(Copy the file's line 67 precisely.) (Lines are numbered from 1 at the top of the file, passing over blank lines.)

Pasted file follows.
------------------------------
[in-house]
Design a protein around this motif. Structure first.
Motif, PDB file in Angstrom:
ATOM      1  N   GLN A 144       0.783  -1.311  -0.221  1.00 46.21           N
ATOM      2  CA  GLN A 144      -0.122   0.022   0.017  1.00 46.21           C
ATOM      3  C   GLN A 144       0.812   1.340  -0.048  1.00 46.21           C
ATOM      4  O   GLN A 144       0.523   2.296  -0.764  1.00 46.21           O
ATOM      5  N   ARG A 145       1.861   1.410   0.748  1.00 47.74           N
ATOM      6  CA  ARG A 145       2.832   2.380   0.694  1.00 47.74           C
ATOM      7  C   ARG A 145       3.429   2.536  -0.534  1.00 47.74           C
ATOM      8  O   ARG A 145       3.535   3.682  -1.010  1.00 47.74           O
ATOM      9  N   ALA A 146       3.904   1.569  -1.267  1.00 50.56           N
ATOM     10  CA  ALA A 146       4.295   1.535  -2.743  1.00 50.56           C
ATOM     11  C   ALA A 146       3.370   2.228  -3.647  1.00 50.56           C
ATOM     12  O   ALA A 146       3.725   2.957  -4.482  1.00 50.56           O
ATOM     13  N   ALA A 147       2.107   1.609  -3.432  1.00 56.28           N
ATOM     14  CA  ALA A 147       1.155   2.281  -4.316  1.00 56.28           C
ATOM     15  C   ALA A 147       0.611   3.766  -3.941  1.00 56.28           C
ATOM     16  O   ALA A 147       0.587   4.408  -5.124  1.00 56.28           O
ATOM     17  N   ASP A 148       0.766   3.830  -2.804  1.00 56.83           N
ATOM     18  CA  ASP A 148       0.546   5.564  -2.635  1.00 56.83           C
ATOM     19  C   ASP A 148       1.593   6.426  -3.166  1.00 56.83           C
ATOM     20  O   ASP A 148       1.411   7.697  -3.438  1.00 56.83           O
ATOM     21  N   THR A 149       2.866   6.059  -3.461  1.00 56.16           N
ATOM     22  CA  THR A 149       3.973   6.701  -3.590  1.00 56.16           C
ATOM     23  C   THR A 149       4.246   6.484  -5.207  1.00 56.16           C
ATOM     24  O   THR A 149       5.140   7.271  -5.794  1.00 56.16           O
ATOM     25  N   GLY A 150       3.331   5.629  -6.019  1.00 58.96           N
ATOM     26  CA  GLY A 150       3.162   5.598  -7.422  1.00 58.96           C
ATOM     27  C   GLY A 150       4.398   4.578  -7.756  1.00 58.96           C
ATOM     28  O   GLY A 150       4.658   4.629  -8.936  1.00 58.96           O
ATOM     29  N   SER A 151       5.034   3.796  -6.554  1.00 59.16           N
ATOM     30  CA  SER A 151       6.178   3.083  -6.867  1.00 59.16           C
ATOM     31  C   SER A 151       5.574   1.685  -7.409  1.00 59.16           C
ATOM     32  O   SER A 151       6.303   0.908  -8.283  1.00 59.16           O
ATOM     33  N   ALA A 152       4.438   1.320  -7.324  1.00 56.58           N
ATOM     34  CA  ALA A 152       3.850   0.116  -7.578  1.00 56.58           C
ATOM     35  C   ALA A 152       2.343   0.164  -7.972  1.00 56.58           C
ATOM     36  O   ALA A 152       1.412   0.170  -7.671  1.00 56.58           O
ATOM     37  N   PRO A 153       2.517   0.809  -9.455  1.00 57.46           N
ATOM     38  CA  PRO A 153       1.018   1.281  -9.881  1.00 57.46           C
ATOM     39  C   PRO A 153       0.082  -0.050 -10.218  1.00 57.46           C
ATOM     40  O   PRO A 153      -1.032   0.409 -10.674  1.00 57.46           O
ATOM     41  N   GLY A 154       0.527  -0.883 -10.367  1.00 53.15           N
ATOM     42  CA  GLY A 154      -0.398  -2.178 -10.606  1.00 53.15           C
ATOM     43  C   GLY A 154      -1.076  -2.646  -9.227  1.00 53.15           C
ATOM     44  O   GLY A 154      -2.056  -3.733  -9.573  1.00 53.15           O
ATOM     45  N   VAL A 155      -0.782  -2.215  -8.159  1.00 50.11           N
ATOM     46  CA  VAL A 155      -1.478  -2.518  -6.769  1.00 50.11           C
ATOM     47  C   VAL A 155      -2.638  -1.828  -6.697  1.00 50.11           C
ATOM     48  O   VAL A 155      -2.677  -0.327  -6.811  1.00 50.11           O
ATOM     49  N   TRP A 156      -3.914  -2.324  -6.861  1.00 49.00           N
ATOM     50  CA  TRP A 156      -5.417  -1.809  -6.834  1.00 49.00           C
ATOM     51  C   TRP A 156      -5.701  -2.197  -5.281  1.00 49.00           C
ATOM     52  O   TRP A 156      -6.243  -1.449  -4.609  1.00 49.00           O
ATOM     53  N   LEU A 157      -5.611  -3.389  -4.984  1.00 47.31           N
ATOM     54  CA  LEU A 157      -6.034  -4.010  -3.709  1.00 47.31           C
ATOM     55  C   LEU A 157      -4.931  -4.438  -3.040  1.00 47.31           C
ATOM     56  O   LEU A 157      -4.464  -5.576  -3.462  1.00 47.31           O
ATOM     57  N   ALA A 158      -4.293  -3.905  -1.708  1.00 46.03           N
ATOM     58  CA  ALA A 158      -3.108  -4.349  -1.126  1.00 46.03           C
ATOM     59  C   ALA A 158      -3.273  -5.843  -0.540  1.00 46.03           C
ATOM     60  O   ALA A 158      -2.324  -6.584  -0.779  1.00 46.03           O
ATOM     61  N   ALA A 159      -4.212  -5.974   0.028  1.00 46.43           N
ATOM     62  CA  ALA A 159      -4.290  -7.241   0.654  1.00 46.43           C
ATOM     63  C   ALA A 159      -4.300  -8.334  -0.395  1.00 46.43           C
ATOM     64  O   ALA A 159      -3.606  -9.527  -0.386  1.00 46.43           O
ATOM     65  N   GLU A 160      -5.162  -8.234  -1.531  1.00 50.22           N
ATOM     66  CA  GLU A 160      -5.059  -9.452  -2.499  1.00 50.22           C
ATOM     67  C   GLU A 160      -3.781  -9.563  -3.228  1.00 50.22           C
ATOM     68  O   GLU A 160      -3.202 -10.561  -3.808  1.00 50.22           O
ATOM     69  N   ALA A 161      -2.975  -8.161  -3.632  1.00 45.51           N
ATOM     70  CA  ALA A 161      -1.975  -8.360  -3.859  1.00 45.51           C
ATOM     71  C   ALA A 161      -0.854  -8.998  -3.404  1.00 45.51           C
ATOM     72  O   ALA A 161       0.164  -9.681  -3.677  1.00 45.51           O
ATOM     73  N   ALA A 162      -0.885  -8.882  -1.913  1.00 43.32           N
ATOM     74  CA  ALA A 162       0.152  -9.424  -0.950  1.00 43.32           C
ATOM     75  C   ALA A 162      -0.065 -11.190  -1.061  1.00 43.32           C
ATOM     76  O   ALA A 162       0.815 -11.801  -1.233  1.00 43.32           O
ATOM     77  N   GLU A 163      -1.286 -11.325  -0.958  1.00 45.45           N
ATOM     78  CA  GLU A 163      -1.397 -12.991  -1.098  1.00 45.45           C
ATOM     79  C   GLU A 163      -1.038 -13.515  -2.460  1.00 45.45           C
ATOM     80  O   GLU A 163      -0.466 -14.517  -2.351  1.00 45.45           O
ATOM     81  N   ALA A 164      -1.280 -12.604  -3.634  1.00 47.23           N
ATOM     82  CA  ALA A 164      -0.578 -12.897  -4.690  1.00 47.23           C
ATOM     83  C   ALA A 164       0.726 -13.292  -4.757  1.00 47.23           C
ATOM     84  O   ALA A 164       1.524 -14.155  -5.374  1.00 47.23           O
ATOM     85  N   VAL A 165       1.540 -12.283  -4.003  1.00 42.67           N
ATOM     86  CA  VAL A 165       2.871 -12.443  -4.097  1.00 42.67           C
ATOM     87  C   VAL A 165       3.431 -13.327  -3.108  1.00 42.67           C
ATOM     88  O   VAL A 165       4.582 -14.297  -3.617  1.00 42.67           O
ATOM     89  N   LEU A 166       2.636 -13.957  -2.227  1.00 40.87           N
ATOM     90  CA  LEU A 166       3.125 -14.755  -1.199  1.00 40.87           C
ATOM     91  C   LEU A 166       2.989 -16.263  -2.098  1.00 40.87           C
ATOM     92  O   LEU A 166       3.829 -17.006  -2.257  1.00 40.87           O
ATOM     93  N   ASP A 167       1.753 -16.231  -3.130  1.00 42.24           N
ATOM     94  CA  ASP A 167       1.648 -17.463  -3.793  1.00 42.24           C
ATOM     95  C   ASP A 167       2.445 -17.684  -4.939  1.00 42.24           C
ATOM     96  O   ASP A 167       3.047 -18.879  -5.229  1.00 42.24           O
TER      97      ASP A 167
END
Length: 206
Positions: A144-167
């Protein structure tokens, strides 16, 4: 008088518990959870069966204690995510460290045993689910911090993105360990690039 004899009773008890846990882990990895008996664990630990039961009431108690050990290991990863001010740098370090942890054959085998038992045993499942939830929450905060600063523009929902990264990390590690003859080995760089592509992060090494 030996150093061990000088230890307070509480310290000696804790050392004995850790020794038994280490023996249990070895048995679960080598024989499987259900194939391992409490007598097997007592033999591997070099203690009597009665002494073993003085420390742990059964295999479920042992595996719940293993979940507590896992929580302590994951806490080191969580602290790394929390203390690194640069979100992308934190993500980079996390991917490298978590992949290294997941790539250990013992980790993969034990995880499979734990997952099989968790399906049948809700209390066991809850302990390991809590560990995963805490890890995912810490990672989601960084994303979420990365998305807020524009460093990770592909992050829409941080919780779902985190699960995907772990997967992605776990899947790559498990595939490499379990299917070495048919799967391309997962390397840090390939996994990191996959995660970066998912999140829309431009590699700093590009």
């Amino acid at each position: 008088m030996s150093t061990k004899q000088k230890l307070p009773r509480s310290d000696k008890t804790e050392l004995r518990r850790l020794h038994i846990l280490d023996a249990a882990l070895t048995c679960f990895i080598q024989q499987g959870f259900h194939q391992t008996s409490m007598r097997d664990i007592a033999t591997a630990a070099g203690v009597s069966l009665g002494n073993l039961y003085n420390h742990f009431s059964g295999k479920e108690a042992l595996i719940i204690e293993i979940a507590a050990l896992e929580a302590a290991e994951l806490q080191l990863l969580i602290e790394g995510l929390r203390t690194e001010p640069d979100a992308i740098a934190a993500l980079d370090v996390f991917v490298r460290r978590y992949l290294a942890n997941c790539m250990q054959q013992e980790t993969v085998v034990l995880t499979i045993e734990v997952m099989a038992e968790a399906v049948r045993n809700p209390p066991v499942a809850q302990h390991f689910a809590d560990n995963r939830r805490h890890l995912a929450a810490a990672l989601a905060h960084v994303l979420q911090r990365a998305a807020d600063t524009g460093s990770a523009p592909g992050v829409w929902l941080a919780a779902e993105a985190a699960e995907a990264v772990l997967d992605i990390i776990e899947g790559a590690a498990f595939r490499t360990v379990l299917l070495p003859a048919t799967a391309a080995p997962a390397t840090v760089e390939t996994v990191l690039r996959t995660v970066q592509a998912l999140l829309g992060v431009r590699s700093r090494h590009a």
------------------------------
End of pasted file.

ATOM     64  O   ALA A 159      -3.606  -9.527  -0.386  1.00 46.43           O